In 1864, the Schools' Inquiry Commission was set up to inquire into the condition of post-elementary education in the country and Miss Beale was summoned to give evidence before the Commission. The fact that girls' schools were included in the investigation highlights that the government supported the notion of reforming women's education. Beale was now considered to be an educational expert; organisations such as the Schoolmistresses' Associations had helped to foster this new measure of authority and assurance.
Beale talked to the Commissioners about her teaching of mathematics and the, "principle to give as little help as possible, but to lead them to find out for themselves; under no circumstances to let them learn by heart, and to induce them to do without explanation as far as they can, so as to call out their own powers." She also spoke about how there should be no limit on mathematics, two of her pupils had taken algebra as far as the binomial theorem and were working on logarithms and one intended to go on to trigonometry. She said, "I do not see why we should limit it where we find a special taste." She also stated the importance of shared interests and experiences between boys and girls, "I think it is good for boys and girls to have similar tastes, that their minds may not be entirely bent in different ways, so that in their after life they should understand and be interested in the same things."
However, she also remarked that girls and boys do not have the same educational capacity where mathematics is concerned, "I do not think that the mathematical powers of women enable them generally - (their physical strength I dare say has a great deal to do with it) - to go so far in the higher branches of mathematics as boys." Perhaps a surprising comment from Beale, but one based solely on speculation as girls were not allowed to go as far in the higher branches of mathematics as boys at this time. The Commission, however drew different conclusions from Cheltenham Ladies' College, stating that, "there is weighty evidence to the effect that the essential capacity for learning is the same, or nearly the same, in the two sexes." It was found that girls were not so quick and accurate in arithmetic, algebra, and Euclid as boys. However it was thought that the, "inferiority of female education may be owing to the want of due method and stimulus, and to no natural causes." In 1890, Philippa Fawcett became the first woman to achieve the top score in the Mathematical Tripos exams at Cambridge, spurring wide spread debate about girls' aptitude for mathematics and modifying ideas of male superiority.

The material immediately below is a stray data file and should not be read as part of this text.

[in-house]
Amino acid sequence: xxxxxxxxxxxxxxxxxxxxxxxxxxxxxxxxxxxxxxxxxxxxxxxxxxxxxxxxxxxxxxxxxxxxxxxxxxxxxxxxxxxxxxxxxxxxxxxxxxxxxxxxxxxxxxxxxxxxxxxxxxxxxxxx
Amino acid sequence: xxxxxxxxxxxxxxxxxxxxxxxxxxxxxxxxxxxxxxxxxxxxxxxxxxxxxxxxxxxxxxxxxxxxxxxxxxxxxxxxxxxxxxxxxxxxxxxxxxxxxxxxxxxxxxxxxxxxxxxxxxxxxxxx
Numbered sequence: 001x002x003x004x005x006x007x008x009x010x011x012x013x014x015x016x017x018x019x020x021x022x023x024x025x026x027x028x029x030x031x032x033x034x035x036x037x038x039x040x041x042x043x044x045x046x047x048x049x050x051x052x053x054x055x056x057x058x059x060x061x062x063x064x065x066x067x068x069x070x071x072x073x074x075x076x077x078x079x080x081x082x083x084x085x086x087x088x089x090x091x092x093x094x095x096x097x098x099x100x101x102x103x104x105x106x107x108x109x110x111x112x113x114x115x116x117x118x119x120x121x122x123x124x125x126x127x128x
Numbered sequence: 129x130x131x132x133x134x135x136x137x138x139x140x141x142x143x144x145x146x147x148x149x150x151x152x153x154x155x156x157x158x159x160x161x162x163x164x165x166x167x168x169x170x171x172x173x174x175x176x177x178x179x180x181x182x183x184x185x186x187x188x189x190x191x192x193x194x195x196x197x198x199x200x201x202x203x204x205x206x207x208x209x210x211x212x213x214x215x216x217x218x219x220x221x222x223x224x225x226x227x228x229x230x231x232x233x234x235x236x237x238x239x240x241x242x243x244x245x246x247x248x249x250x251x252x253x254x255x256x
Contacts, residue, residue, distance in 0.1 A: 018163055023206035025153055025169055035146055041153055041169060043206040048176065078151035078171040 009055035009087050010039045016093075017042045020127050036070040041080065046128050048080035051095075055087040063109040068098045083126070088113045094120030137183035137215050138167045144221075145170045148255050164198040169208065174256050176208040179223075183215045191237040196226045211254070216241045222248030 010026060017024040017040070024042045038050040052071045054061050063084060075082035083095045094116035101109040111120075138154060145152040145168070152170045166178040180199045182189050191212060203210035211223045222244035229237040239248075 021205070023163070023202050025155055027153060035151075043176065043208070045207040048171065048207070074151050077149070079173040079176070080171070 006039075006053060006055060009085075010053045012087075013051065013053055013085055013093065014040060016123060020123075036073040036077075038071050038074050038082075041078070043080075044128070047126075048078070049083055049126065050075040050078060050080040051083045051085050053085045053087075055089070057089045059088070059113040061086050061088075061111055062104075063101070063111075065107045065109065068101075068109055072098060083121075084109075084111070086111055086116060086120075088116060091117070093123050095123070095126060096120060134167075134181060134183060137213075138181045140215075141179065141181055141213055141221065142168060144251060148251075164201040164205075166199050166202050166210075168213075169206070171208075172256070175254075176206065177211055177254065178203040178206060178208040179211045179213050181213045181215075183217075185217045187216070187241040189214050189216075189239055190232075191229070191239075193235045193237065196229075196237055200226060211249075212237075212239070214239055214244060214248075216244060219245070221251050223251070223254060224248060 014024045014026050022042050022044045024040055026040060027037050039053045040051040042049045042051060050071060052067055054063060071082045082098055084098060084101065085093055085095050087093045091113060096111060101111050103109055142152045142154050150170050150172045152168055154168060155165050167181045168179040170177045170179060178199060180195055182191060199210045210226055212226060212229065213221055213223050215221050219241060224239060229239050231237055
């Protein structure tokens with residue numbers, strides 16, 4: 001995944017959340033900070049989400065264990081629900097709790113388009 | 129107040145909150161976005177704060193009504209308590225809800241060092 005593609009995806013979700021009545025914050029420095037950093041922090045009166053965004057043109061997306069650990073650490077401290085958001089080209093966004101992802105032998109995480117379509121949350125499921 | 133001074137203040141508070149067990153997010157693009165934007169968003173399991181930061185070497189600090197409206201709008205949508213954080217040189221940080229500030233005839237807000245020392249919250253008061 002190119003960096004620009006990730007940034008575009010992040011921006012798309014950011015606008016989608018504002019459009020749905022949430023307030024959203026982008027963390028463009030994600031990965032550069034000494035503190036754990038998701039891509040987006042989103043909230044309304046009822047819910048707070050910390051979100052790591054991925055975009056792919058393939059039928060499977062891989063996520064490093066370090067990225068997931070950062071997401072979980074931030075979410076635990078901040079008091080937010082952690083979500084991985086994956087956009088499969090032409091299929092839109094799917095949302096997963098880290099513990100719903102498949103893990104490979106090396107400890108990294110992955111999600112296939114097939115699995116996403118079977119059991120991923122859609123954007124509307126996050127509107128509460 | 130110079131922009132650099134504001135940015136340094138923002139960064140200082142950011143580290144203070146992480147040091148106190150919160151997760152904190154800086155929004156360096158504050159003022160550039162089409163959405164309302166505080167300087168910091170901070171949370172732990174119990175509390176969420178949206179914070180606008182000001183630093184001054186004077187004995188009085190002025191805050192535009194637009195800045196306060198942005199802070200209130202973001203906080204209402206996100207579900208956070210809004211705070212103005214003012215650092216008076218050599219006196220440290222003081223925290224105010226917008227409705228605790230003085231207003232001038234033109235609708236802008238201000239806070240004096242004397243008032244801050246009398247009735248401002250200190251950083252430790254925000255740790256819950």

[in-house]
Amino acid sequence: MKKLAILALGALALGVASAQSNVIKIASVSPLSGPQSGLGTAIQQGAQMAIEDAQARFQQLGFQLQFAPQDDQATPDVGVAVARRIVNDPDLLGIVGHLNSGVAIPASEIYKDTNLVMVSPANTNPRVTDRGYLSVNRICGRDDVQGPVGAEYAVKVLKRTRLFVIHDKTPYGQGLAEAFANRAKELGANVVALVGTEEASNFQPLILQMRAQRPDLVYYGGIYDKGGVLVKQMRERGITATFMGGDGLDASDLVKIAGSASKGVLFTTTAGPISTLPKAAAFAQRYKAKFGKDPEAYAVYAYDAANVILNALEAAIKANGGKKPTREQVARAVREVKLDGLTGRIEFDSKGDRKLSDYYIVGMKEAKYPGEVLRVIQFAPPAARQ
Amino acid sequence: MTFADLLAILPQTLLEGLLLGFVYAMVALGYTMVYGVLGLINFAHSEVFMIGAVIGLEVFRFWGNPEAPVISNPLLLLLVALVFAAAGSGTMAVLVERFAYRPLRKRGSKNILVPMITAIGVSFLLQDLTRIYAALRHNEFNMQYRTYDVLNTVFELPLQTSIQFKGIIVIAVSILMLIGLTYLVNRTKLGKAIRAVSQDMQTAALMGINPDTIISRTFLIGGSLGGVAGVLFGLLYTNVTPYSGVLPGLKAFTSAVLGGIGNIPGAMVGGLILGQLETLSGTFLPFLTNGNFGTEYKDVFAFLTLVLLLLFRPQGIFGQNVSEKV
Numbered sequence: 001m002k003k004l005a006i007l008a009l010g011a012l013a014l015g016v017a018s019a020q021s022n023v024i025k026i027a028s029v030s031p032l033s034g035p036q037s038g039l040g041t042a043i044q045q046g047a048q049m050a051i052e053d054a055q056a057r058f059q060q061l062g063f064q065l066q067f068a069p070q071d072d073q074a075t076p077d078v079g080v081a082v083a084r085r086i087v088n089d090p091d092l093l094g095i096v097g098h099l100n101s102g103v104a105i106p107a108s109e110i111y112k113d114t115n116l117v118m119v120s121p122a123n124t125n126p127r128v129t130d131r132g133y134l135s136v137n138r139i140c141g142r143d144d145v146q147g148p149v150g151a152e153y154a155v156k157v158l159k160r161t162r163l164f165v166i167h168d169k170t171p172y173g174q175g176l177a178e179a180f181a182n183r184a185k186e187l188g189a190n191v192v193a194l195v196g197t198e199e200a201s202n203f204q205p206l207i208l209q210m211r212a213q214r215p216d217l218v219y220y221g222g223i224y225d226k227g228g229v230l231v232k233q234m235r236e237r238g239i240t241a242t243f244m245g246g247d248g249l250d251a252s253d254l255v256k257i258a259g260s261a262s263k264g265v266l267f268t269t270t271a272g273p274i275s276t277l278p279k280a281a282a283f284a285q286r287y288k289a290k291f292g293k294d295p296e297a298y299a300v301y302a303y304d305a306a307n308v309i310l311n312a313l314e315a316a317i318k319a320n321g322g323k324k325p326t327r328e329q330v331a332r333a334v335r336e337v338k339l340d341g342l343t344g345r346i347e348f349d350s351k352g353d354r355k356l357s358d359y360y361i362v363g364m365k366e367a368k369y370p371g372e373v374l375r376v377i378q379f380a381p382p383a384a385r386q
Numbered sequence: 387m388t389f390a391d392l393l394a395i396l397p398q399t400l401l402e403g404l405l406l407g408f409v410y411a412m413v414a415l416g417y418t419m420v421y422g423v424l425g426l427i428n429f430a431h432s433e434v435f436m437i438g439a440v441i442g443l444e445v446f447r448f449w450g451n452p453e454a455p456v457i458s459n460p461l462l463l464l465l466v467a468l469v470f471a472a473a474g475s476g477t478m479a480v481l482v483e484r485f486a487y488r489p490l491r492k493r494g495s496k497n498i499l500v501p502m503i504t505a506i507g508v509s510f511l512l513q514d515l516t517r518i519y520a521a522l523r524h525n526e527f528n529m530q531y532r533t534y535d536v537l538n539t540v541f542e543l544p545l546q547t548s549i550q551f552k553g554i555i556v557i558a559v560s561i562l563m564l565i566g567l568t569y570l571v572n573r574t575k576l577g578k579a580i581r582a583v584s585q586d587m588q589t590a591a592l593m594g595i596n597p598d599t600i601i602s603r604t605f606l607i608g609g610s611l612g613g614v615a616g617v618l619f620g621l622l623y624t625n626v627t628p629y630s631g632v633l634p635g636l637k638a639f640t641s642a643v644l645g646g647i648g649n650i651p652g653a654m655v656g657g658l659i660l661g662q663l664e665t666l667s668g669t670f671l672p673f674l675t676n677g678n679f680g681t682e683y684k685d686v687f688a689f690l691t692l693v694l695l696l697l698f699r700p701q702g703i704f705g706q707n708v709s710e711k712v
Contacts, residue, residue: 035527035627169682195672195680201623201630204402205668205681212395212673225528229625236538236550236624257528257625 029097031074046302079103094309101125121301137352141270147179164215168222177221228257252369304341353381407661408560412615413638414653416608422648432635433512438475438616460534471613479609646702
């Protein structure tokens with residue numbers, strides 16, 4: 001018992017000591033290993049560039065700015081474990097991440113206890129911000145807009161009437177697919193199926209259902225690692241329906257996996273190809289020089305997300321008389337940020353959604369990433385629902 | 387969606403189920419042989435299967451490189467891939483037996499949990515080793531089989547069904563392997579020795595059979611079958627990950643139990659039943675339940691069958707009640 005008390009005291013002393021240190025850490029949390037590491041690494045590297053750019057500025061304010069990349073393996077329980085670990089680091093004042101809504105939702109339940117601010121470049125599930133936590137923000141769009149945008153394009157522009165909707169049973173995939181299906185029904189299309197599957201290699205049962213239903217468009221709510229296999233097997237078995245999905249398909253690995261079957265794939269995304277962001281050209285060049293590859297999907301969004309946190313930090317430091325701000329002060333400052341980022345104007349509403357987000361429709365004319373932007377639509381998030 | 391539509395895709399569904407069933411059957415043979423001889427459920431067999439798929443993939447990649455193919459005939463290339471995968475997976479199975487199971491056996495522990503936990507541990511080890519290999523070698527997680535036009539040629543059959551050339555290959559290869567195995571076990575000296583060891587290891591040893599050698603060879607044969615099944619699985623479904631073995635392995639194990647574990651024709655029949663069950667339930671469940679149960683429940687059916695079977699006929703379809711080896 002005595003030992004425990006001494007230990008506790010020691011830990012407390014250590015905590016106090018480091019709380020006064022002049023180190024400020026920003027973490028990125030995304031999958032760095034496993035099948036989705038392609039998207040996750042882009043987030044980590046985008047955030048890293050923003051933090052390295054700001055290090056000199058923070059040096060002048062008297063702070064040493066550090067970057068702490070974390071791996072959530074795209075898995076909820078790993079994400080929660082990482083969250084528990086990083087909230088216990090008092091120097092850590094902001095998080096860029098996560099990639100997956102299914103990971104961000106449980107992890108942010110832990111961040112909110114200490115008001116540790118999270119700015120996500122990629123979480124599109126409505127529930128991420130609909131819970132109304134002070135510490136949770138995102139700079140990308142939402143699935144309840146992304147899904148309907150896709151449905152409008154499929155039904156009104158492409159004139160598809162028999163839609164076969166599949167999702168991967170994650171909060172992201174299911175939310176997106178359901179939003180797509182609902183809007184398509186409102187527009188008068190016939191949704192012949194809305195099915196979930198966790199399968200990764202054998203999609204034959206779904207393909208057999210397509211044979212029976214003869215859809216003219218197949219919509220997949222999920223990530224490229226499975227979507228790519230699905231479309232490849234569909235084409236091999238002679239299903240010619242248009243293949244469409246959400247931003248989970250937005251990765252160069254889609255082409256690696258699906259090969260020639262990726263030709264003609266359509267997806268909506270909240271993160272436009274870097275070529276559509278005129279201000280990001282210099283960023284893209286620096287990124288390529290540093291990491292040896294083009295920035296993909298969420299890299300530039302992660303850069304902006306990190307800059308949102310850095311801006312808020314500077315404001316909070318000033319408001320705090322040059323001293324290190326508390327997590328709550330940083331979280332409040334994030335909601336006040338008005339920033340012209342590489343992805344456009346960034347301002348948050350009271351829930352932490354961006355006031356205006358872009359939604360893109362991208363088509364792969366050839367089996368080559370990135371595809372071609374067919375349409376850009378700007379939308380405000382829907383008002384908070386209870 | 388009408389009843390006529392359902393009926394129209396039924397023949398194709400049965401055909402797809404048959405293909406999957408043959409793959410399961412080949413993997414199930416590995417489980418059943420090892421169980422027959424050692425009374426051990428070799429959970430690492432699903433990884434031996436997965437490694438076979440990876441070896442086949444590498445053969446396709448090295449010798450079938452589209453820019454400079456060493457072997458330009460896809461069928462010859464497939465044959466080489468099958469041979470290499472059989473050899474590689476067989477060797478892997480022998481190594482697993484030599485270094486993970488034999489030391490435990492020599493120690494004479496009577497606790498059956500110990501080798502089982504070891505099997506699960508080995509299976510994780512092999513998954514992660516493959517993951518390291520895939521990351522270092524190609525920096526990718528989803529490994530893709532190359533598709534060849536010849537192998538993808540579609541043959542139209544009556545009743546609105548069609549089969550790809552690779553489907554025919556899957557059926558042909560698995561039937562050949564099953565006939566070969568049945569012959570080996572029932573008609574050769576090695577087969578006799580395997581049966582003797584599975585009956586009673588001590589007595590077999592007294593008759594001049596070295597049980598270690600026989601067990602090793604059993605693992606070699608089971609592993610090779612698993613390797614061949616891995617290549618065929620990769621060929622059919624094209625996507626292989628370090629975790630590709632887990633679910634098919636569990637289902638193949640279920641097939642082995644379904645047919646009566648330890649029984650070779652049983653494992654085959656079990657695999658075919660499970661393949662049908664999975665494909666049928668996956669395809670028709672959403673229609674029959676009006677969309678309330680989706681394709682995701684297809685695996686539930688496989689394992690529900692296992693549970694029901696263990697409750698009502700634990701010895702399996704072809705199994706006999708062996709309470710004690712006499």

Although arithmetic was found to be the weak point in female teachers, women were still considered to be more natural teachers than their male counterparts due to their careful, patient and persevering qualities. In one of the Commissioners, Mr Bryce's report, he sensibly pointed out that, female teachers "have not themselves been well taught, and they do not know how to teach. Both of these defects are accidental, and may be remedied." Of course, he was correct and the lack of higher education for women was at the heart of the problems in girls' schools. The Schools' Inquiry Commission had concluded that in order to correct the low standards in girls' education, "the first remedy is to provide all English women of the middle class with the opportunity of higher liberal education". Overall the inquiry had a very beneficial effect on public opinion and in 1869 Girton College opened at Cambridge University, Britain's first residential college for women offering an education at degree level; Beale's evidence was central to this landmark moment.